Post by Chris Holland

Our Chef Director Chris Holland worked as Head Chef at the prestigious Alderley Edge hotel before joining us. He has a passion for using the best produce and never compromises on quality. Author of our best selling book Sous Vide The Art of Precision Cooking, Chris is a expert on the sous vide technique.During the later part of my school days at Wardle High School Rochdale I always wanted to be a chef . I knew from the very start that my path to work was never going to be academic it was always going to be something practical and hands on.

As a young boy growing up I was inspired to cook with my Grandma who was and still is an inspiration to me . I have memories of helping make the cakes that she always had made for visitors and family alike . She made the most amazing cakes and I loved nothing more than eating the sweet raw cake batter straight from the bowl . We used to fight over who got to lick the bowl/spoon after the cakes were made. My grandma’s philosophy for cooking even on a shoe string budget was always to use fresh and seasonal ingredients either home grown or bought from the market.

School was somewhat of a drag for me as I was itching to learn to become a chef.

I started at Hopwood Hall college as a chef and instantly fell in love with it .To me it was the only real time I excelled in something and this inspired me to really get my head down and put in the hard work. College was the first time I really excelled in something and gave me the opportunity to laugh at the teachers who said I would never make something of my life.

During the three years at college I also took on a part time position in a local hotel working the bar and restaurant first and then the kitchen. These were great days and gave me the opportunity to see how the industry ticks. I learnt a lot from those days both good and bad !! But I have to say I was itching to work only in the kitchen but it was a good insight into the catering world .

After completing college I moved away from Rochdale for a full time roll at one of Cheshire’s most talked about Hotel restaurants The Stanneylands Hotel. This was the school of hard knocks for me as I quickly realised that although excelling at college meant nothing in “The Real World”.

I loved every minute of the 18 hour days 6 days a week on minimum wage . Although difficult I feel that without this grounding I wouldn’t have achieved what I have today. After 18 months of hard graft I left Stanneylands and went with the Head chef to open a fine dining restaurant at Mere Golf and Country Club. The opportunity to work alongside Matthew Barrett was too good to turn down. I learnt so much from the ex-Ritz chef and working in a much slower paced role helped me develop a much better understanding of how to organise and run a kitchen. We were a very small team and teamwork was and still is the only way to go for me.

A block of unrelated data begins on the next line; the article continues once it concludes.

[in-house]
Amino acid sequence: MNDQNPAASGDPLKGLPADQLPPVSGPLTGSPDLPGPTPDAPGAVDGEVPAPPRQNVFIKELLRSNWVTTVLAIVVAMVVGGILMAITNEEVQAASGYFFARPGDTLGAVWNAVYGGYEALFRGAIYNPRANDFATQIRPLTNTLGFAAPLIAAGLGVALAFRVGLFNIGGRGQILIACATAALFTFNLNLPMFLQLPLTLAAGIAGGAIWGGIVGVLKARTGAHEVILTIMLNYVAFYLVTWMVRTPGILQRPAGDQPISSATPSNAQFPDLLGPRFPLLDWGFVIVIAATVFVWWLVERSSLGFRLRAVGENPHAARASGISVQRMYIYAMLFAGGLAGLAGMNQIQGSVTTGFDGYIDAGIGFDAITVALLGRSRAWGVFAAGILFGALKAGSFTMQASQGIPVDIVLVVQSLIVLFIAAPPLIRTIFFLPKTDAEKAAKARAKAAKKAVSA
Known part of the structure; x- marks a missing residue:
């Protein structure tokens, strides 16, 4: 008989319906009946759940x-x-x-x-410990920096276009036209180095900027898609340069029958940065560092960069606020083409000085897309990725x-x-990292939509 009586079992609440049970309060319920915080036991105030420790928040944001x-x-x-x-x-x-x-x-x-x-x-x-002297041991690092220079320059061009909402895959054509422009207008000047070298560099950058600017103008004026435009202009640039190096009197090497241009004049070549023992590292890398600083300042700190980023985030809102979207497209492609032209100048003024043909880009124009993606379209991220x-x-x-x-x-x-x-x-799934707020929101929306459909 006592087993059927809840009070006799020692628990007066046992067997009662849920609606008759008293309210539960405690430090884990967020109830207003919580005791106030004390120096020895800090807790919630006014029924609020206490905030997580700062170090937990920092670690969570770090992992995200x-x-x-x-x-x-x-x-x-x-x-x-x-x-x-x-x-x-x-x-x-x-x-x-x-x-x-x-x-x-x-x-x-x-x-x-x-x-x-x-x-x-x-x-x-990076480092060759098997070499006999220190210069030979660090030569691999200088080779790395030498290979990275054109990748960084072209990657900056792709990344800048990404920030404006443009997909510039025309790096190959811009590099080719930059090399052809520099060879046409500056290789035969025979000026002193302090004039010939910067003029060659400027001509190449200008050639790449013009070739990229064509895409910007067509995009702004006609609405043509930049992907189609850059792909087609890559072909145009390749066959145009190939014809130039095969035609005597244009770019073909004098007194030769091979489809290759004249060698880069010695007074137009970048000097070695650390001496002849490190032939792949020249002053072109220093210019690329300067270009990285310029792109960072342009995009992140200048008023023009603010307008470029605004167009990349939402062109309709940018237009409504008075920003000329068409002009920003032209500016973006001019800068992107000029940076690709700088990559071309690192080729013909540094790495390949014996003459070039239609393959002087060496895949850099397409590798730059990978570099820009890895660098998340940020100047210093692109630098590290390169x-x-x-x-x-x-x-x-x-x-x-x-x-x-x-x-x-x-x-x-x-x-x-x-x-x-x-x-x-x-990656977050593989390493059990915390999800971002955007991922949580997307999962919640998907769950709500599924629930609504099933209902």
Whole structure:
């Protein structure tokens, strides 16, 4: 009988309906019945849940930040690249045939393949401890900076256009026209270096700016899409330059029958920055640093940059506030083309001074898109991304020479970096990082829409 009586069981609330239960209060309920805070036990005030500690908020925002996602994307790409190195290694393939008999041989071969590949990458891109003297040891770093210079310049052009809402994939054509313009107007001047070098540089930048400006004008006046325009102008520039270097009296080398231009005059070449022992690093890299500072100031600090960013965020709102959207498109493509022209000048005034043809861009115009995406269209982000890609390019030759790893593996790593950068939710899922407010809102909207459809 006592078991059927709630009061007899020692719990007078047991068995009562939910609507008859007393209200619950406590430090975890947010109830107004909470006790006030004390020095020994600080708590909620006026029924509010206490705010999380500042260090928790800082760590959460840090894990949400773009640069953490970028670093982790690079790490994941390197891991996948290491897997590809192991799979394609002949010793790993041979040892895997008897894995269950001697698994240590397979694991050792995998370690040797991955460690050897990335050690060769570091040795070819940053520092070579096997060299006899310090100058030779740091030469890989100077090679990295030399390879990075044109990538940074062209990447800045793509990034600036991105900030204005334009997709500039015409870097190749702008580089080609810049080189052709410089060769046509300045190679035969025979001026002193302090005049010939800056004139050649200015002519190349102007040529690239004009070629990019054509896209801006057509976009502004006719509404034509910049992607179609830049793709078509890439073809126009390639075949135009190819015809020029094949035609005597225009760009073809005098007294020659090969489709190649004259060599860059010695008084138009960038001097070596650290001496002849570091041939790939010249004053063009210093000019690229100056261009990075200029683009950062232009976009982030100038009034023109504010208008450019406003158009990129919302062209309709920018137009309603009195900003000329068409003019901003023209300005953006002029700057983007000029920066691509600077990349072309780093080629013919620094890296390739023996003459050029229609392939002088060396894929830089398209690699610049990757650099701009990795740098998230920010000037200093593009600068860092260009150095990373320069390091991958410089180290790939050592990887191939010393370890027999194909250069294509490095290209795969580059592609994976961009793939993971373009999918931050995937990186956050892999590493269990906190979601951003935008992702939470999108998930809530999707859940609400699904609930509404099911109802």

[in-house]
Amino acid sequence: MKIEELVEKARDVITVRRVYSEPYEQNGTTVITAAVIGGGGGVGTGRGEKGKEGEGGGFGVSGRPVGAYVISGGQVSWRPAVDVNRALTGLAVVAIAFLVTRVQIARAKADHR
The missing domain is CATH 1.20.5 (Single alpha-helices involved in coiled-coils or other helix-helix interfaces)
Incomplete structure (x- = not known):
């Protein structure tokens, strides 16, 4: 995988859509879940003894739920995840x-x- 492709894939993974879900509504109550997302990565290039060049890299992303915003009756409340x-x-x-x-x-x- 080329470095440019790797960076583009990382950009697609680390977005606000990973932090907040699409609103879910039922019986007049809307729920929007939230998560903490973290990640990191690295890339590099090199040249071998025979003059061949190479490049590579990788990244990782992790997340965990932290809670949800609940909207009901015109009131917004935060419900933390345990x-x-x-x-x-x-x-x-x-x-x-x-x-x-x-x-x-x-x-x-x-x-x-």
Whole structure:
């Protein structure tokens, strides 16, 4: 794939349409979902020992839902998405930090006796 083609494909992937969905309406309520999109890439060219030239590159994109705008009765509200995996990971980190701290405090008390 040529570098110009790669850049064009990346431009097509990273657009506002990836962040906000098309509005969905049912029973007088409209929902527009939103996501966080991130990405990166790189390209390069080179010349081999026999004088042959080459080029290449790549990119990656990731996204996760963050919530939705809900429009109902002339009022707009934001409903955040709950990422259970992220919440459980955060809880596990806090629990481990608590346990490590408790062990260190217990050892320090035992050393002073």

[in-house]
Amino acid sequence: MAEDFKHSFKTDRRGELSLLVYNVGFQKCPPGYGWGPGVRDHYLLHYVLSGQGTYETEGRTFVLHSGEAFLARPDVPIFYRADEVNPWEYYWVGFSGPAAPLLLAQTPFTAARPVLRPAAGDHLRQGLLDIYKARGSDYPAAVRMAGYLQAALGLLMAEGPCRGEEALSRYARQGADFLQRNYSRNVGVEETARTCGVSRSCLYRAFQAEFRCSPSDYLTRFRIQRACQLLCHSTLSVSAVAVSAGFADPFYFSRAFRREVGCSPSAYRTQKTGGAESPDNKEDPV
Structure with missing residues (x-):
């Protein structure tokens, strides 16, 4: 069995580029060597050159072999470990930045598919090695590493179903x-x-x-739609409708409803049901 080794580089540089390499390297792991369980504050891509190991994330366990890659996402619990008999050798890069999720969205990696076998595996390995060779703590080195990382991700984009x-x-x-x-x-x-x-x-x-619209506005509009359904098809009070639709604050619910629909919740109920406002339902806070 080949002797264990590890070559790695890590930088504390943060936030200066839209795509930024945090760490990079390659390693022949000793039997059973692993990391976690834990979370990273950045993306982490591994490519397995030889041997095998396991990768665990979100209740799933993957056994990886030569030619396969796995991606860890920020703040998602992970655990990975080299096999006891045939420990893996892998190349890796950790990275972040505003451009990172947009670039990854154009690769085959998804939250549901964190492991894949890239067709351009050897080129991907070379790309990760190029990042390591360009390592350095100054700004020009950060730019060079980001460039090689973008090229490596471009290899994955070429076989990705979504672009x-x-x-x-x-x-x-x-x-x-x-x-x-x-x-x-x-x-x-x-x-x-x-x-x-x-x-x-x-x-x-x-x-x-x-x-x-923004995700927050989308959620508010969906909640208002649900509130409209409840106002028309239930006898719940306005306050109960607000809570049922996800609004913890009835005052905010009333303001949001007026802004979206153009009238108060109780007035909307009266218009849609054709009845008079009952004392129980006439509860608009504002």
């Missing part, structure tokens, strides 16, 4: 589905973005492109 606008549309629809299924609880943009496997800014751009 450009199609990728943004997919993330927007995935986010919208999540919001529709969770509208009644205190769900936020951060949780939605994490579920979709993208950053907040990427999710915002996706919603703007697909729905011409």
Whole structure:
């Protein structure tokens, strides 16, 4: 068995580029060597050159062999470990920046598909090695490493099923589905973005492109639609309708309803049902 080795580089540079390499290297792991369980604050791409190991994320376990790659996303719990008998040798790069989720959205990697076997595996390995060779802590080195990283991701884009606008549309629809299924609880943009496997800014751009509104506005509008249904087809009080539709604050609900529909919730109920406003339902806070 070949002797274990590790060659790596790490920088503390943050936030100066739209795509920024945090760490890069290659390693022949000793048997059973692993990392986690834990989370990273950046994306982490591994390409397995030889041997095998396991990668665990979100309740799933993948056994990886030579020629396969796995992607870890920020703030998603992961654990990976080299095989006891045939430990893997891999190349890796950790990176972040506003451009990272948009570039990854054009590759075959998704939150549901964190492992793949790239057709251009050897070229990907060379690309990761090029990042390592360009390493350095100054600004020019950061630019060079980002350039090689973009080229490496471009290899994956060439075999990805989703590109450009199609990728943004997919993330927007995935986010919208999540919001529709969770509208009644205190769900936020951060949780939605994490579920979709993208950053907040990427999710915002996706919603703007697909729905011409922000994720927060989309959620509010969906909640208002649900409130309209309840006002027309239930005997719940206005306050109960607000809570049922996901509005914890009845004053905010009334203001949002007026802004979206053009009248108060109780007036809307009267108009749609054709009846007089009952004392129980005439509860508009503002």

After 2 years at Mere I got the opportunity to go into The Alderley Edge Hotel as Junior Souschef. The Early days at the Edge were all about learning new styles of cuising which is invaluable in any role as a chef. I got the opportunity to grow and learn all aspects of every section which was inspiring . I was offered the opportunity at the age of 29 (2004) to take the role of head chef. For me this was when I really started to develop my own style of food.

After 9 years at the top winning Cheshire restaurant of the year , Chef of the Year and appearing on GBM amongst many highlights including cooking for many celebrities and famous people I decided to move on into development with Sousvidetools.

The main inspiration for this was to train and educate people . I always had a great passion for education but could never really see myself at a college . The job is super rewarding and I am proud to say we have become the leading light in sous-vide education in the UK . This is something I am very proud of . Food is my biggest passion and this is what keeps me interested the most . I love to travel and try out other countries cuisines. I am constantly inspired by ingredients and the pursuit of getting the best out of them without destroying their natural flavour .It is super important to me to continue to try and be at the forefront of the food scene this is what inspire me and the team to keep driving forward .

Technology is now widely used in the industry and I am super proud to say we have been a big part of spreading that message.

I am very lucky to be in the position I am and the drive to constantly improve our training and links to the next generation of young budding hospitality chefs.